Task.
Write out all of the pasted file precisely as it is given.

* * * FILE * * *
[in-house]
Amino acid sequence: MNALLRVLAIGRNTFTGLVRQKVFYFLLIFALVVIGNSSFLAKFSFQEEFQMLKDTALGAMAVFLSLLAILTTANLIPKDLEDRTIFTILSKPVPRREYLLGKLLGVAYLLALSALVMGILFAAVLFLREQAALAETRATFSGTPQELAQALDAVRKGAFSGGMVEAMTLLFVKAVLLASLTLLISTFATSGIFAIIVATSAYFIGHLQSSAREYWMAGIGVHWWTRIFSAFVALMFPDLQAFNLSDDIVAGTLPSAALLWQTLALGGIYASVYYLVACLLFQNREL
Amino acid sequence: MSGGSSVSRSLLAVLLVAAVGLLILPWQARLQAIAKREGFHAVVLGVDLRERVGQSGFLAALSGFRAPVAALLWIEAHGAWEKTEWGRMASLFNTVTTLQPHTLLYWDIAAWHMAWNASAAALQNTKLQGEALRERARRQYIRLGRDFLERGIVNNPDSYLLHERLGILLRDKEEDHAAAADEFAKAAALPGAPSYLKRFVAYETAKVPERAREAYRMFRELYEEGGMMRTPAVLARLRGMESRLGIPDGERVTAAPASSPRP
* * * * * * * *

[in-house]
Amino acid sequence: MNALLRVLAIGRNTFTGLVRQKVFYFLLIFALVVIGNSSFLAKFSFQEEFQMLKDTALGAMAVFLSLLAILTTANLIPKDLEDRTIFTILSKPVPRREYLLGKLLGVAYLLALSALVMGILFAAVLFLREQAALAETRATFSGTPQELAQALDAVRKGAFSGGMVEAMTLLFVKAVLLASLTLLISTFATSGIFAIIVATSAYFIGHLQSSAREYWMAGIGVHWWTRIFSAFVALMFPDLQAFNLSDDIVAGTLPSAALLWQTLALGGIYASVYYLVACLLFQNREL
Amino acid sequence: MSGGSSVSRSLLAVLLVAAVGLLILPWQARLQAIAKREGFHAVVLGVDLRERVGQSGFLAALSGFRAPVAALLWIEAHGAWEKTEWGRMASLFNTVTTLQPHTLLYWDIAAWHMAWNASAAALQNTKLQGEALRERARRQYIRLGRDFLERGIVNNPDSYLLHERLGILLRDKEEDHAAAADEFAKAAALPGAPSYLKRFVAYETAKVPERAREAYRMFRELYEEGGMMRTPAVLARLRGMESRLGIPDGERVTAAPASSPRP